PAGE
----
There Are Reasons for Using Identity Politics

Republican Sen. Orrin Hatch’s message that “Identity Politics Threatens the American Experiment” (op-ed, May 19) comes across as heartfelt and nonpartisan, but it is sure to be dismissed as self-interested or sour grapes by those who have gained power and built political careers on group grievances and identities.

Identity politics works primarily for Democrats. If all demographic subgroups that today lean right or left split their votes 60%/40% toward their favored political party going forward, Democrats would have great difficulty winning national elections. Assuming the GOP gets 60% of the white-male vote, 60% of the married white-female vote and 40% of the rest of the subgroup votes, Republicans would be tough to beat. However, as long as Democrats can capture roughly 75% of the nonwhite vote and better than 50% of the single white-female, millennial and college-educated vote, they are tough to beat. The more effective Democrats are in pigeonholing Republicans as the party of angry white males, the better their prospects for control of Washington. Divisive Identity politics works. It can be rationalized as an overdue reset of an American experiment that was morally tainted.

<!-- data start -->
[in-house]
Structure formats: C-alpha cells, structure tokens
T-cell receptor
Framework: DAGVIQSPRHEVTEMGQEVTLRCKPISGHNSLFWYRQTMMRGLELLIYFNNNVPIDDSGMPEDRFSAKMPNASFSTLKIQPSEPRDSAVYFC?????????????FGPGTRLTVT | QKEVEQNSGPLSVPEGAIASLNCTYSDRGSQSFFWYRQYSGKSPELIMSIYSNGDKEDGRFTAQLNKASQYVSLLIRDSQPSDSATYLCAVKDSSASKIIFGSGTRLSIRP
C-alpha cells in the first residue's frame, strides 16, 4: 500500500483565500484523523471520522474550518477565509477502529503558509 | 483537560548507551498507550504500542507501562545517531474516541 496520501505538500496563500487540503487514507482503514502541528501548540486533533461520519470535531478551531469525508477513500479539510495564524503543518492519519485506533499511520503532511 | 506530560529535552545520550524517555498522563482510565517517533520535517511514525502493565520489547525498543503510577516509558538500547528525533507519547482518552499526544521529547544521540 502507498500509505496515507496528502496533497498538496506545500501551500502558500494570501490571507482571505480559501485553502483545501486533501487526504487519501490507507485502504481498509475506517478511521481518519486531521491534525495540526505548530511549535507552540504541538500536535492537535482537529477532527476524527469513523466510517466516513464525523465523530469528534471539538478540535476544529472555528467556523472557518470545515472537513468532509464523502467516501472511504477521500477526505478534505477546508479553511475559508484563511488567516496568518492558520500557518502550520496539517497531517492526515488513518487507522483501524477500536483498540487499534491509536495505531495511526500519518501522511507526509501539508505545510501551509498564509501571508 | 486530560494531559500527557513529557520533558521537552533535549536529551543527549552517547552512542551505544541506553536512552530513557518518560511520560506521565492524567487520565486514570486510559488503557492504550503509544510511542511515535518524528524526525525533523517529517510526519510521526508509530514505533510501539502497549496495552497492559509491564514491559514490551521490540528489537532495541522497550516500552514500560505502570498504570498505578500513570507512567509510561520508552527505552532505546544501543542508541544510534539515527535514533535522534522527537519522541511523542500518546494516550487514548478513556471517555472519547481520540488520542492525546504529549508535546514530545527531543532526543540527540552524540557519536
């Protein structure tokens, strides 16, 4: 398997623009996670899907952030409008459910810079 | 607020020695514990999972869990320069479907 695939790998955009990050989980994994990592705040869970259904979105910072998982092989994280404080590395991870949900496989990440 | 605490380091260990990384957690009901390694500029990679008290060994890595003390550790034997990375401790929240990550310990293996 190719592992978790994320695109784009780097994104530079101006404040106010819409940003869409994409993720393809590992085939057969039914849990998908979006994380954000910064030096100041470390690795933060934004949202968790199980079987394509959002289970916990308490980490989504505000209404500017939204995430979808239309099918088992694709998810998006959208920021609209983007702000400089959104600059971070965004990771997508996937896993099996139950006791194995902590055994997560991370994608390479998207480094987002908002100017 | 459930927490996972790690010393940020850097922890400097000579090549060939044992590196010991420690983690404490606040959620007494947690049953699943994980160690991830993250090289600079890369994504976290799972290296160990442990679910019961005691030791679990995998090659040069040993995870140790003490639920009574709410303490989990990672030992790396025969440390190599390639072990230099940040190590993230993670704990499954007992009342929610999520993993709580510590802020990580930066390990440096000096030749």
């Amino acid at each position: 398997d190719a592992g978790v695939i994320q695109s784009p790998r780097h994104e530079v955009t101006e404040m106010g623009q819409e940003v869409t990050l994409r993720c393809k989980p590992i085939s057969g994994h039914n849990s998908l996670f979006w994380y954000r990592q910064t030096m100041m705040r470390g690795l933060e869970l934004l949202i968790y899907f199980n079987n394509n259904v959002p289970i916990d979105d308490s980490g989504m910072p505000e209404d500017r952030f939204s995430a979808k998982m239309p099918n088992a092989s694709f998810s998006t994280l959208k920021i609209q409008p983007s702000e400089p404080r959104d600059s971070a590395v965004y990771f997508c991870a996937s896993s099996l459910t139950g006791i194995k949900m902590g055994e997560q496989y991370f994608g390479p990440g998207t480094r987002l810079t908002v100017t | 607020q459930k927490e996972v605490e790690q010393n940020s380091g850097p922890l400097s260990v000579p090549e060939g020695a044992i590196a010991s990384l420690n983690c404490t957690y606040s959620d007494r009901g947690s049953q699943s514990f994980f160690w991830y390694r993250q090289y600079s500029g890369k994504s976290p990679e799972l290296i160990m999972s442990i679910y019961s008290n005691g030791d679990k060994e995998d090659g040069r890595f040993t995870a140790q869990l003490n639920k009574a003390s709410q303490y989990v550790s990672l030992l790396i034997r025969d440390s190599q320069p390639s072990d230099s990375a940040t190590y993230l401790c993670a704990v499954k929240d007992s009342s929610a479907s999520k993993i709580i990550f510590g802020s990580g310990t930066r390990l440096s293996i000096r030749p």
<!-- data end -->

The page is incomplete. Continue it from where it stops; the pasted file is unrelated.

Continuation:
Unfortunately, too many people in and out of politics have too much riding on the Balkanization of America as a path to social justice and ideological homogenization. It will take a lot more than a Kanye West selfie and a Sen. Hatch appeal to our common American identity to turn the…

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